Meanwhile, the technological advancement that we have seen in stadiums over the past decade has made it easier for them to quickly adapt as venues plan for some fans to return, often at reduced capacities and with stringent health and safety measures in place. Digital wayfinding systems, ticketless entry, and cashless transaction systems have all been put to use as we find ways that grounds around the world can begin to zone their stadiums, to serve all the needs of fans whilst allowing for social distancing and limiting physical touch points during their

venue visit.

The key priority for all venues, then, must be in keeping people moving and avoiding queues. Techniques to achieve this could include:

  • using targetted temperature screening at entrances to minimise queues into the stadium;
  • retaining all toilet fixtures to minimise queues in toilets;
  • additional options for click and collect or delivery to seat for food and beverages in concourses.

Restarting, reopening and adapting

One similarity that can be seen around the world as venues plan for the future is the need for bespoke solutions. While approaches can be adopted in common, solutions need to be tailored to fit each and every case – and need to have back-up built in. As Al Baxter, Populous Principal in APAC tells us, every client and venue will need a range of possible solutions. “We have seen so many nuanced requirements come out of the hundreds of meetings that we have had with our contacts as they prepare to reopen into this ‘new normal’,” Baxter says. “While many of these needs can be grouped together, the design solution is anything but homogenous.”

And change comes quickly. For example, an extensive and thoroughly evaluated plan on Friday may be made -redundant come game day on Sunday should local circumstances or national guidelines change. “We always knew that people in our business were resilient,” says Scott Capstack, Principal in the Americas region, “but we have seen first-hand some incredibly clever and strategic approaches to ensure that fans and spectators remain safe and secure, from the moment they arrive at a venue until the moment they leave.”

Venues within a venue

Seat occupancy in the stadium during the Corona Pandemic

Populous, UK – SW15 2NU London

The longer that the pandemic affects all areas of the sporting world, the clearer it seems that venue operators are going to have to be flexible on both their capacities and their strategies for moving people around the internal and external spaces of their buildings.

Stadiums are designed for people, whether it is 5,000 or 100,000. There is an experience in being in a stadium, in close proximity to thousands of other fans, that is perhaps unique to sports and entertainment. The atmosphere of this environment is key. But how do you replicate this when the capacity is 30%, 20%, or even lower? The goal of the “venue within a venue” approach is to work with governmental guidelines and tracking and tracing guidelines to create a “stadium” experience whilst limiting contact between fans before, during, and after matches. As Tom Jones, Senior Principal in the EMEA region notes “This builds on our current approach of designing a range of spaces and experiences into stadiums, so we have already been able to identify many situations where all of the concessions and hospitality spaces within a stadium can be made accessible to smaller groups through strategic and digital wayfinding and temporary barriers.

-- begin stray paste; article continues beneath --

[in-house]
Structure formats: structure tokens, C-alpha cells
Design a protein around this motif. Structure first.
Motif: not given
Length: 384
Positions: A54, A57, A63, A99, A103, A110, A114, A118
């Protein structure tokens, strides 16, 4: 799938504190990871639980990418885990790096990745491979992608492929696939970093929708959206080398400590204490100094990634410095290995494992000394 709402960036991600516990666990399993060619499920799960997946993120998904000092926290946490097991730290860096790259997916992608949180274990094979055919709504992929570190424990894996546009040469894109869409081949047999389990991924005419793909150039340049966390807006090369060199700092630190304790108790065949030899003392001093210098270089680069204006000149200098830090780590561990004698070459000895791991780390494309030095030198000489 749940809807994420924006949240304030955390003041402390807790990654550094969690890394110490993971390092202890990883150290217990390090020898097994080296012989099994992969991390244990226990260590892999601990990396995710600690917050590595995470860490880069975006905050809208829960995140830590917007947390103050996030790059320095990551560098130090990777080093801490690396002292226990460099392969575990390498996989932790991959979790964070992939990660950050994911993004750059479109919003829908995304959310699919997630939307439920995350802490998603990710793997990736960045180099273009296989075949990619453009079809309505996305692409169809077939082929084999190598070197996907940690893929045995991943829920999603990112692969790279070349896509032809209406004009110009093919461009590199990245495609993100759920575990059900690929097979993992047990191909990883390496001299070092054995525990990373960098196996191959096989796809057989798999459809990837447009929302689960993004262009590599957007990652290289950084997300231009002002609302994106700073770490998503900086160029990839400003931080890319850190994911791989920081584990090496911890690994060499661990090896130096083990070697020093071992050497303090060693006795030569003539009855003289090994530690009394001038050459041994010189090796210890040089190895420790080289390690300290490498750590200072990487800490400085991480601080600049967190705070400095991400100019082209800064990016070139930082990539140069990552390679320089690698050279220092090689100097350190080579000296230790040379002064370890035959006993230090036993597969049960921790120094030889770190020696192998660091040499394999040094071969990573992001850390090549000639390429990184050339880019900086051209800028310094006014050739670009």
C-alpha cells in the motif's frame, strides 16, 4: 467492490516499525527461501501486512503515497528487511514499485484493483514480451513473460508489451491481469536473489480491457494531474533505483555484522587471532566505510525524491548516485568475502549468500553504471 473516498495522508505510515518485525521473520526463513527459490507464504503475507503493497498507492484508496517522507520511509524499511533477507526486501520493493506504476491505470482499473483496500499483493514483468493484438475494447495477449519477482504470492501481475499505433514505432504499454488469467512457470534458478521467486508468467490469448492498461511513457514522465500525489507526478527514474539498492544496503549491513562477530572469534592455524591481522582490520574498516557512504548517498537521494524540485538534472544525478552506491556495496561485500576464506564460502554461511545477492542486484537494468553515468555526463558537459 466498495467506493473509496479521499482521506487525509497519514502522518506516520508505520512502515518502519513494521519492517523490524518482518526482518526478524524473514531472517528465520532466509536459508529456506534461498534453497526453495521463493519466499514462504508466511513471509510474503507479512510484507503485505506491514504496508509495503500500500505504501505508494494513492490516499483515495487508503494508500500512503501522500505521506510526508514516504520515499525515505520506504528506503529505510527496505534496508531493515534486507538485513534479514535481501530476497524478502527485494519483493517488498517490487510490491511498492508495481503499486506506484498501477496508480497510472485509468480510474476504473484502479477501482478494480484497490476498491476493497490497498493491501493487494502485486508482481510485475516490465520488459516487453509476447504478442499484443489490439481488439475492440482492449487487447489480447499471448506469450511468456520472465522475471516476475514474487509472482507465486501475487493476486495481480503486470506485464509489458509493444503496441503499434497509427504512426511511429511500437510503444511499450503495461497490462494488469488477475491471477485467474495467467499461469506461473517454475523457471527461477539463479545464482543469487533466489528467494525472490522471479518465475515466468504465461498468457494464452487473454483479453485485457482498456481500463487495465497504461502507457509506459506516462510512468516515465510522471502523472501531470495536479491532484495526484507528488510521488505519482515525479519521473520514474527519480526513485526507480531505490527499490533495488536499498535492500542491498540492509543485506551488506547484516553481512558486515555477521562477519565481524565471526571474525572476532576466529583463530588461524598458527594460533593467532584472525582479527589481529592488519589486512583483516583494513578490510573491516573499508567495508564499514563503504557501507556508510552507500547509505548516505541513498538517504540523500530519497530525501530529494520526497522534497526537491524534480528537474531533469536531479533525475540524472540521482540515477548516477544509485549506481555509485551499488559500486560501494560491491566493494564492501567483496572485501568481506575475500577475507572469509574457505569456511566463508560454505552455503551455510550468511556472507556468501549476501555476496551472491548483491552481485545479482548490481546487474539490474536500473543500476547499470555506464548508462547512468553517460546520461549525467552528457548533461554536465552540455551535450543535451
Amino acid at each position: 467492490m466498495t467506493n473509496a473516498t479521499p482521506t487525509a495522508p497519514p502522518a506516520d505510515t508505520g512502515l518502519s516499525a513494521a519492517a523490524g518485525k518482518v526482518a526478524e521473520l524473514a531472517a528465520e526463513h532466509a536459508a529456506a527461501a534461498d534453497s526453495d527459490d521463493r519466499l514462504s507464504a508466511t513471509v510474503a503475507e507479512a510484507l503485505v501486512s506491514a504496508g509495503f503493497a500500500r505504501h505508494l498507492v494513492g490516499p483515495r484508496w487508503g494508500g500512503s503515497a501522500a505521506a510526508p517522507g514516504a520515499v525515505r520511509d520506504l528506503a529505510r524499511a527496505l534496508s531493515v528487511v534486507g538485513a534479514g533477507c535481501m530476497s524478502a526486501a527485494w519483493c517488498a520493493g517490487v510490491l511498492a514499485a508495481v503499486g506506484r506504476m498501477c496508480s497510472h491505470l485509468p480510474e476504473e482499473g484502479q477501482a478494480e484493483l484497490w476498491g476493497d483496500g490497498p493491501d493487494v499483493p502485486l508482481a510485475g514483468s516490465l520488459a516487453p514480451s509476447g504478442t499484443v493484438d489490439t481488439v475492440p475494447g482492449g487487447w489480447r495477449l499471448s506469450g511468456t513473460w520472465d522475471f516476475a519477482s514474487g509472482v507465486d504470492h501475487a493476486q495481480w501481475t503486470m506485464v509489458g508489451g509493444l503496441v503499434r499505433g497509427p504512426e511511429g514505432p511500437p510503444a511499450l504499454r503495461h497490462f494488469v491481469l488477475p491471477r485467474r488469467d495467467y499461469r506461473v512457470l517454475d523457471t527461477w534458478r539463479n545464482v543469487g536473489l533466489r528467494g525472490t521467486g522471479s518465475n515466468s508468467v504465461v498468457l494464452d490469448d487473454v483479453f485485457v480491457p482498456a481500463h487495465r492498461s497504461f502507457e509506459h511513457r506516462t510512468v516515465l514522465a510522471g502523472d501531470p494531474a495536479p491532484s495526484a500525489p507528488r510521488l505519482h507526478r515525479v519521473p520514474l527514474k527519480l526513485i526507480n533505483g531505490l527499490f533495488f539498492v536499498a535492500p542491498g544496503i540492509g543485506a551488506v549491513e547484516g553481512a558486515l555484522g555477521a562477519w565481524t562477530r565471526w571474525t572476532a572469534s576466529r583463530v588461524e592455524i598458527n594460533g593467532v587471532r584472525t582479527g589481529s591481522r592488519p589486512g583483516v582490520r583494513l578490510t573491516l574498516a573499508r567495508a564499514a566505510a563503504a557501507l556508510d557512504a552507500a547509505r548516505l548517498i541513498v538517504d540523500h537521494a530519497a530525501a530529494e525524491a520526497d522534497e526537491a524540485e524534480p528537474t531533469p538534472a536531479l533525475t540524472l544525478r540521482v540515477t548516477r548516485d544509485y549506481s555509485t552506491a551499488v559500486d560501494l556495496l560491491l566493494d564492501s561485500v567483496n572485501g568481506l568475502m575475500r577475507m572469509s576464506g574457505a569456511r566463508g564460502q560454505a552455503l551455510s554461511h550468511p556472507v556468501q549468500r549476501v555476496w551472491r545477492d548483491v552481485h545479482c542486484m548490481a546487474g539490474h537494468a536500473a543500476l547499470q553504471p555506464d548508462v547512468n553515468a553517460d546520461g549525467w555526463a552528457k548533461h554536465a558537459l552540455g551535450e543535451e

Safety and health concepts for visiting venues during the Corona pandemic

Populous, UK – SW15 2NU London

All surveys point to keen demand to return to live sport, however governments are understandably cautious about the public health issues relating to the safety of groups of people meeting in stadiums. Hopefully the feedback and analysis of test events around the world can help to give confidence that stadiums can start to welcome fans back to venues in a safe and controlled way, with suitable protocols and procedures that can give confidence to players, officials and spectators.

One key question will be which of the changes that are required to respond to this pandemic are temporary, or whether they will be a marker for more permanent changes in the design and operation of stadiums. Naturally, there will be many more changes before we reach the end of this pandemic, but it will be interesting to see when crowds are welcomed back without restrictions, whether the in-stadium experience will look very different to how it was before?

Source: Populous, UK – SW15 2NU London / IAKS sb 5/2020
Populous Website

Richter Spielgeräte GmbH - playing in shopping centres worldwide

27 Sep 2019

Richter Spielgeräte GmbH- play in shopping centres worldwide

Large shopping centres are increasingly being equipped with exciting indoor and outdoor playgrounds. This makes perfect sense, as children are usually bored during extended shopping trips by their parents. In addition, the operators of the shopping centres try to increase the length of stay of their customers due to competition from the net. On the playgrounds, children of all ages can also climb, shimmy or slide while shopping, and it is a perfect alternative to offer children a place to let off steam in spite of bad weather.

Richter Spielgeräte GmbH

Mall of Arabia - Photo CONCETTO STUDIOS